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World Musics

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The World Musics series promotes the publication of books that focus on music traditions and musicians within the context of the cultures to which they belong and thereby advance understanding and appreciation of their historical, intellectual, and cultural milieu.

“Silk and Bamboo” Music in Shanghai

| Filed under: Music, World Musics
Witzleben Book Cover

“Of all the world’s major musical cultures, that of China may well be the least thoroughly understood and most often misunderstood by Western scholars and music lovers,” writes J. Lawrence Witzleben. Witzleben adds to the understanding of this musical culture with the first book-length study of one of China’s most influential regional musical traditions. The first Western ethnomusicologist admitted to a Chinese conservatory, Witzleben presents a multifaceted study, based on more than two years of fieldwork in the early 1900s, of “silk and bamboo” string and wind music (Jiangnan sizhu) in Shanghai. Although Jiangnan sizhu is a regional tradition, enjoyed by only a small part of the population, an indepth look at it reveals much about Chinese musical culture. Through his varied experiences as student, performer, and participant-observer, Witzleben is able to present and discuss the perspectives of musicians in Shanghai and of Chinese scholars and teachers, as well as those of a Western-trained ethnomusicologist. The result is a comprehensive understanding of Jiangnan sizhu its musical sounds and concepts; the people who play, teach, and learn the music; and the environment in which it is and has been played, heard, and discussed.

 


The Indispensable Harp

| Filed under: Art, World Musics
Schechter Book Cover

A musical instrument that has played a vital role in Latin American music cultures—the harp—is the subject of this new work, the first study of its kind to be published in English. John Schechter presents a history of the harp in Spain, traces its introduction into colonial Latin America, and describes its modern roles in the diverse cultural centers of Mexico, Paraguay-Argentina-chile, Venezuela, and Peru. He then turns his focus to his own field research in the Quichua culture of northern highland Ecuador, an area that has receive considerably less scholarly attention than many of its Latin American neighbors. The reader will meet a community of harp maistrus on the slopes of Mt. Cotacachi and become familiar with their culture, their particular instrument and its tuning, and their performance practices. Numerous photographs, musical transcriptions, and diagrams illustrate and enliven the text. The Indispensable Harp is unique for its integration of aspects of music and cultural history, organology, and performance practice, treating in considerable depth both broadly established music-ethnographical practices. It speaks to the conclusion that the vital role of the harp in Latin American music history has now been properly acknowledged and documented.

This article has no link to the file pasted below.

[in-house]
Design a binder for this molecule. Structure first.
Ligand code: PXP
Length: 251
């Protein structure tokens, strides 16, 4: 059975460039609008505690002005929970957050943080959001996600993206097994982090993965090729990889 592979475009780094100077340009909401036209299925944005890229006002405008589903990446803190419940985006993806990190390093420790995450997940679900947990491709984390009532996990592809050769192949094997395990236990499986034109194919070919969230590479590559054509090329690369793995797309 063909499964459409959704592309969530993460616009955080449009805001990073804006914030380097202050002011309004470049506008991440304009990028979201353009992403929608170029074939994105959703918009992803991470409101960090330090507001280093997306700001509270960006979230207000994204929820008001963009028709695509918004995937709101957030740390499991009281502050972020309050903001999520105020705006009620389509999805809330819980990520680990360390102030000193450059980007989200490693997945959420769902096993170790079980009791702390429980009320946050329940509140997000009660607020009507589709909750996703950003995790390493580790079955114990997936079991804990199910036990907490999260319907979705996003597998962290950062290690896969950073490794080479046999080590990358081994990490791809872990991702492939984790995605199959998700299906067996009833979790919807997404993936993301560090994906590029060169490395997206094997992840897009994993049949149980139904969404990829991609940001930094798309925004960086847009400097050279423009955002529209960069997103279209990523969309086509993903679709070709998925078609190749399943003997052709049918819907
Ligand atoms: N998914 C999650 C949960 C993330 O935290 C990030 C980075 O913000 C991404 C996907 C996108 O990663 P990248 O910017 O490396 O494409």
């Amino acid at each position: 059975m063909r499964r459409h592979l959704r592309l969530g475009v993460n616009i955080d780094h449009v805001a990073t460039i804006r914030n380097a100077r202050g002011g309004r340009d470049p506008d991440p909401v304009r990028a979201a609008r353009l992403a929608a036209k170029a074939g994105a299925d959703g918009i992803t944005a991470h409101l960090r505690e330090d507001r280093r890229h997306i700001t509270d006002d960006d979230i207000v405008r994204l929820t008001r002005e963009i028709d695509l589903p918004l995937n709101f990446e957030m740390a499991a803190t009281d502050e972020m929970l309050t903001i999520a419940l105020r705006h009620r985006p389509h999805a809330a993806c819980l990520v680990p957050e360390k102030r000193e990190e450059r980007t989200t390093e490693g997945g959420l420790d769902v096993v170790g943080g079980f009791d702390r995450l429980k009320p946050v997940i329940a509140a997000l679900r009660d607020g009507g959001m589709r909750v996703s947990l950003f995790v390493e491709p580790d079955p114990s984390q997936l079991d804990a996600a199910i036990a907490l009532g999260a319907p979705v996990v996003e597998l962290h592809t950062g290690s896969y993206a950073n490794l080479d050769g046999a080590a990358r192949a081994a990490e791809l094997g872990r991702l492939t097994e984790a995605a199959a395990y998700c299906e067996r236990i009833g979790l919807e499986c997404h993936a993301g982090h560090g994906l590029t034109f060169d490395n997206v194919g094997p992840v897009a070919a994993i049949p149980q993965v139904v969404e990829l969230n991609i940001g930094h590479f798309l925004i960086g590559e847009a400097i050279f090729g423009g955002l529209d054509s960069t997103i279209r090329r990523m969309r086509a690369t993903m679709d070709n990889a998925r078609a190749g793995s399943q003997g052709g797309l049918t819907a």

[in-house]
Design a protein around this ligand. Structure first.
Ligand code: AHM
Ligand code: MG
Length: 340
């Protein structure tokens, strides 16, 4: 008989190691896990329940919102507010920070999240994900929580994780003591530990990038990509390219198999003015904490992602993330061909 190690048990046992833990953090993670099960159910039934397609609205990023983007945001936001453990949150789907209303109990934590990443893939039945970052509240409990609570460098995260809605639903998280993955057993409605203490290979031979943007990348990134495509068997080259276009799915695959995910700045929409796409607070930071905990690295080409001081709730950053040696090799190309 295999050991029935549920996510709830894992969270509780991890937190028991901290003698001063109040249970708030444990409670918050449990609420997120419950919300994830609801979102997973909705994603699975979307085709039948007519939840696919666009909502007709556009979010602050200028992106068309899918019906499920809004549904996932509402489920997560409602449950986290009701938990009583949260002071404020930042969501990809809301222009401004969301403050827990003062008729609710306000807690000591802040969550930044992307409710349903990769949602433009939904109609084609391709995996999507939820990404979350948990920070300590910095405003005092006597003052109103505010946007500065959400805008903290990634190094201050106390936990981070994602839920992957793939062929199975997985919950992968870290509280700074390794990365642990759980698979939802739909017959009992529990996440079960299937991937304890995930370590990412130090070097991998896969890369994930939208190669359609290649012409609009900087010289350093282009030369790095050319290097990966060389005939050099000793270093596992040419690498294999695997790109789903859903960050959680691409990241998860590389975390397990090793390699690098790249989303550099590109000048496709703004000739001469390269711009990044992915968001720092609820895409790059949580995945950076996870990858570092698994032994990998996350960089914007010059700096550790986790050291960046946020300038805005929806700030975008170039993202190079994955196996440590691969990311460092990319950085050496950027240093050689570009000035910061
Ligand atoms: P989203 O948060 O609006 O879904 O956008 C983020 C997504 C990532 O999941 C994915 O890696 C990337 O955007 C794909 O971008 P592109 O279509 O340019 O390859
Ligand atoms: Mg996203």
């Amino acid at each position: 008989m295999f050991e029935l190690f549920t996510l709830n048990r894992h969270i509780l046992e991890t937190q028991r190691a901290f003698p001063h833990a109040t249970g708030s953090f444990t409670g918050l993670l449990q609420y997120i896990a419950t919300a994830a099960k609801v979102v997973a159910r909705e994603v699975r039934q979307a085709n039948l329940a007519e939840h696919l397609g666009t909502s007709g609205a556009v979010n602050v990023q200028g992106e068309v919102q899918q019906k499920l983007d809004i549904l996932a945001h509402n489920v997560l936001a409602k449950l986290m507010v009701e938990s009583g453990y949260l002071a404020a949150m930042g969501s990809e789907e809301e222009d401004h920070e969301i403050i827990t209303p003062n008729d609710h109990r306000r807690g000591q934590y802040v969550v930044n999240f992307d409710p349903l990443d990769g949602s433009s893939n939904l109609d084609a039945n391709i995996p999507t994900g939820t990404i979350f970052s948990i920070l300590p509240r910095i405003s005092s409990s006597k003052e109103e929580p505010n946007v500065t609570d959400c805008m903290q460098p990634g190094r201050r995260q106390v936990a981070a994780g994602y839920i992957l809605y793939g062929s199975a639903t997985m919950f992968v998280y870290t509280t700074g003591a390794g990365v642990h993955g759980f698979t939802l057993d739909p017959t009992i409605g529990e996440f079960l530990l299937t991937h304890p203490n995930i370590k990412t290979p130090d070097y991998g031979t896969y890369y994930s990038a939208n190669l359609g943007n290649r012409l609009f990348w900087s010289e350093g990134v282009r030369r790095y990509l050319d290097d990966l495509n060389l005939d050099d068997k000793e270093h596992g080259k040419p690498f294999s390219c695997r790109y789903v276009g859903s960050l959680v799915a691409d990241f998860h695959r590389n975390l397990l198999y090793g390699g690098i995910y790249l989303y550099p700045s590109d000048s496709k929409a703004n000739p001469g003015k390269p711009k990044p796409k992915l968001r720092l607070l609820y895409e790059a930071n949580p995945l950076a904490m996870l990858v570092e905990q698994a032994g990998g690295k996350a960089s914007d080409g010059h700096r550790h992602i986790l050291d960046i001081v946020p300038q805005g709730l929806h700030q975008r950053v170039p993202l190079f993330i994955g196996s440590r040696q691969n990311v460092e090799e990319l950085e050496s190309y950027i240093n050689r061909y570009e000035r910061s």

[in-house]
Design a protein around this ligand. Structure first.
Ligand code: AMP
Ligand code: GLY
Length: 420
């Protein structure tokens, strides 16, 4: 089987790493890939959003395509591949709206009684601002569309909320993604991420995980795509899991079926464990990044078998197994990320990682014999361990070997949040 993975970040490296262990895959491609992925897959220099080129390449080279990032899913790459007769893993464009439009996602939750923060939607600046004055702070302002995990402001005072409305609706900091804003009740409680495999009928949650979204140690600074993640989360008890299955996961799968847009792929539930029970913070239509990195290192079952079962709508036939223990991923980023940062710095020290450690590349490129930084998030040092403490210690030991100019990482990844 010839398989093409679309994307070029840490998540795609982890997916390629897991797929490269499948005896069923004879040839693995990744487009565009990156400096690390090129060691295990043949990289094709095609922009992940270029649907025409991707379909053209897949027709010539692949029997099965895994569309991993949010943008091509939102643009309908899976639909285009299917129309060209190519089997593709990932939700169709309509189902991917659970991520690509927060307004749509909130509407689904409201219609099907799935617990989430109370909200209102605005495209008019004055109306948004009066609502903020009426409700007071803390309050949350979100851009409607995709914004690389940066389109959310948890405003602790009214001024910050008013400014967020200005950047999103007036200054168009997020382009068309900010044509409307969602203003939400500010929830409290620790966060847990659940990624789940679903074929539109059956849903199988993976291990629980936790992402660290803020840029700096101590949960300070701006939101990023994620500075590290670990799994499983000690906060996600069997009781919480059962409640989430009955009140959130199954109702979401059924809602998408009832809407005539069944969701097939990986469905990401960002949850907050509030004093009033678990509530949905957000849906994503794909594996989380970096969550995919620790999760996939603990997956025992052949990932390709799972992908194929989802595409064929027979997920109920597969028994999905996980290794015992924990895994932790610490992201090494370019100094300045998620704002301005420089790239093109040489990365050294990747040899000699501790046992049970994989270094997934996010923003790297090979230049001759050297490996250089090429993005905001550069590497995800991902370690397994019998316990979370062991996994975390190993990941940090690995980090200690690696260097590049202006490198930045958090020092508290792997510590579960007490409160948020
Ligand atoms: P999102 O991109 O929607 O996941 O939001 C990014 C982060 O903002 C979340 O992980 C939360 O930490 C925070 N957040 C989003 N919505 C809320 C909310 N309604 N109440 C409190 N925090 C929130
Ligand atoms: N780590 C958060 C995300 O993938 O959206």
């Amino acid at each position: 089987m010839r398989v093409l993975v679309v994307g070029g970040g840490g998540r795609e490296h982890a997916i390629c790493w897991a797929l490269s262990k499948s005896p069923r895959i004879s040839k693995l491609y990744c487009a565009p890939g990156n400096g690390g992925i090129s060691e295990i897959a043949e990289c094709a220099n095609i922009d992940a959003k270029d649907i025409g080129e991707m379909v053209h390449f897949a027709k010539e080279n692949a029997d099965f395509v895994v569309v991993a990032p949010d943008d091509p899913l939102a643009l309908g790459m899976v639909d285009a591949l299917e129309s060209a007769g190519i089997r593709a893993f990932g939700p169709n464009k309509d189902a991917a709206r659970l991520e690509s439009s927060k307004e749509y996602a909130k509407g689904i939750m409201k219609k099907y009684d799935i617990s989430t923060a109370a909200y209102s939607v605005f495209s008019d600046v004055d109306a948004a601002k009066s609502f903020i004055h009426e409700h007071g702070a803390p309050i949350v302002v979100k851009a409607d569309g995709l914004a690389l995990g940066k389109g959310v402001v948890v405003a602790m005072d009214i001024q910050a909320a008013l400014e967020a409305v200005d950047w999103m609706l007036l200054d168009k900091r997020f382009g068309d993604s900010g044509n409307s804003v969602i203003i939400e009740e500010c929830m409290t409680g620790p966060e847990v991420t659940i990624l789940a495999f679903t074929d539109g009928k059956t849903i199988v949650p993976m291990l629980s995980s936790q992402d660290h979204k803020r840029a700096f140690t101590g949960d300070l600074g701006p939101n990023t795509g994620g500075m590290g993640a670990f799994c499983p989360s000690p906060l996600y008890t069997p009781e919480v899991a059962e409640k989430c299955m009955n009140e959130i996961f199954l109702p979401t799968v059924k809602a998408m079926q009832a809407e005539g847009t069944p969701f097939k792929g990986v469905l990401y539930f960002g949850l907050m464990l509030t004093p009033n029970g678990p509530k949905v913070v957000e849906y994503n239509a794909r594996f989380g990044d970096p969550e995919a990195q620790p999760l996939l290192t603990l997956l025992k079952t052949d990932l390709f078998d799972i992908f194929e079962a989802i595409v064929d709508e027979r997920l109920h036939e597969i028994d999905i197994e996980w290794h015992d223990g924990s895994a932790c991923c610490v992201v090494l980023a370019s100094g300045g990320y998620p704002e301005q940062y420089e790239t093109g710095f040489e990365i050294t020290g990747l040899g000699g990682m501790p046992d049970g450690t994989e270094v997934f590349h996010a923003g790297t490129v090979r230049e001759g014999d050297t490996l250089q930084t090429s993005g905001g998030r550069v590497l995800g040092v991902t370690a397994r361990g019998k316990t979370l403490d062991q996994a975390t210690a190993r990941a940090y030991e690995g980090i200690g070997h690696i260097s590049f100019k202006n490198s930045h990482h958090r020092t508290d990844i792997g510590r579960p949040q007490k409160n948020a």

The Way of the Pipa

| Filed under: Music, World Musics
Pipa Book Cover

“Over the centuries a repertoire of solo pipa pieces has developed and this study focuses on those found in the Hua collection, which encompasses the pieces in the repertoire of the Hua family, and was printed, using the wooden block technique, in 1819.  Among the works are many ancient melodies which were handed down through […]

 


The Melodic Tradition of Ireland

| Filed under: Music, World Musics
Cowdery Book Cover

This is a major work, at once synthetic and analytical. The author has drawn on previous studies of Irish music and general melodic theory to describe the inner workings of a rich melodic tradition. Irish folk music, resting upon monophonic melodies which are varied and ornamented, and thus viewed from several perspectives—ethnographic and musical, “insider” and theoretical—to weave an integrated image of a still thriving genre. The concepts of “tune family” and “melody type” are starting points for the qualitative study of melodic change and tune relationships without recourse to simplified tune skeletons or statistics. The concept of “implicit” folk theory leads both to rigorous theoretical analysis and to an examination of the musicians’ own words, thus creating a working model in which a particular performance is understood in a larger context.